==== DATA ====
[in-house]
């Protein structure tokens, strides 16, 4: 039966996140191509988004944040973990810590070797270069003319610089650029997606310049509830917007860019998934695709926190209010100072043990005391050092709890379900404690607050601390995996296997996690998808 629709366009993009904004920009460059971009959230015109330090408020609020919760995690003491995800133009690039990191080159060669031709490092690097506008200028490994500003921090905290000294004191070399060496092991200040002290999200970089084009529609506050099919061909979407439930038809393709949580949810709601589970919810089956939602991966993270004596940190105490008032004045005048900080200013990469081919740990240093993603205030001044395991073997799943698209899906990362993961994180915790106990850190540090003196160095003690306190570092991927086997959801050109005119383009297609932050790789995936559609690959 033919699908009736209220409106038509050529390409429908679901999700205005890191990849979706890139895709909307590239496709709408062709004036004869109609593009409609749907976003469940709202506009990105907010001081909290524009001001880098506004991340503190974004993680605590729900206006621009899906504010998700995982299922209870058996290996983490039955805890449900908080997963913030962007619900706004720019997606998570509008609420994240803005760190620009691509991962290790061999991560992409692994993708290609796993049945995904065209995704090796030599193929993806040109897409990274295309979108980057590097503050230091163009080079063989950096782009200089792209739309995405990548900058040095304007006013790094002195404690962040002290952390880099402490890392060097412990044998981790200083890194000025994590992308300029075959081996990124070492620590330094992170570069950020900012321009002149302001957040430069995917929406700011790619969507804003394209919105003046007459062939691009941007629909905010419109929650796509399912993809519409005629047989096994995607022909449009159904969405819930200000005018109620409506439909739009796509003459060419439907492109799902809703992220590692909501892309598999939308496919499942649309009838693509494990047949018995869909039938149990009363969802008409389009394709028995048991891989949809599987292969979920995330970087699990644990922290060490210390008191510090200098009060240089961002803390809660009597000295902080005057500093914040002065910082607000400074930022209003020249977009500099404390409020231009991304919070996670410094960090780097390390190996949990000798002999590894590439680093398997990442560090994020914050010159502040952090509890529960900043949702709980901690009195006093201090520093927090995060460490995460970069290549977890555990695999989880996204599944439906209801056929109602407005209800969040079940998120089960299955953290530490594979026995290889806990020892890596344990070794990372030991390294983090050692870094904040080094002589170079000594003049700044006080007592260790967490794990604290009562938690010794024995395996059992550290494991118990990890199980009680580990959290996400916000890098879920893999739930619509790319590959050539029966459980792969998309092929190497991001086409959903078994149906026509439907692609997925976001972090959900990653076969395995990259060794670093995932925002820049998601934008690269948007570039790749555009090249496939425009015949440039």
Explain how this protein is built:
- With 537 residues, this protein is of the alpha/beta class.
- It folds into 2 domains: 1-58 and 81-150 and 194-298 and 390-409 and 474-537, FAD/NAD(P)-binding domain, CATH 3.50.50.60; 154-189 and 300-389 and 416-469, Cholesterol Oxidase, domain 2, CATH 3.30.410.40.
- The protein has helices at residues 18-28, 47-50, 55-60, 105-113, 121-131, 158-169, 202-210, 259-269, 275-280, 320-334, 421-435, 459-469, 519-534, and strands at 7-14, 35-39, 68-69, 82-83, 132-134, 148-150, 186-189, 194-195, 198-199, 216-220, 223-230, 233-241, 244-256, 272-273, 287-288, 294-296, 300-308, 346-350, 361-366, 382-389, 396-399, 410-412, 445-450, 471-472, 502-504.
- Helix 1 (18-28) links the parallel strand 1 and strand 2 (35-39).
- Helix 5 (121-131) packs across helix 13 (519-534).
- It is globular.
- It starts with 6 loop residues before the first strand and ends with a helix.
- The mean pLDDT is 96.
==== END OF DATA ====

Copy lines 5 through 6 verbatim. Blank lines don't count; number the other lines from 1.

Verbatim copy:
- It folds into 2 domains: 1-58 and 81-150 and 194-298 and 390-409 and 474-537, FAD/NAD(P)-binding domain, CATH 3.50.50.60; 154-189 and 300-389 and 416-469, Cholesterol Oxidase, domain 2, CATH 3.30.410.40.
- The protein has helices at residues 18-28, 47-50, 55-60, 105-113, 121-131, 158-169, 202-210, 259-269, 275-280, 320-334, 421-435, 459-469, 519-534, and strands at 7-14, 35-39, 68-69, 82-83, 132-134, 148-150, 186-189, 194-195, 198-199, 216-220, 223-230, 233-241, 244-256, 272-273, 287-288, 294-296, 300-308, 346-350, 361-366, 382-389, 396-399, 410-412, 445-450, 471-472, 502-504.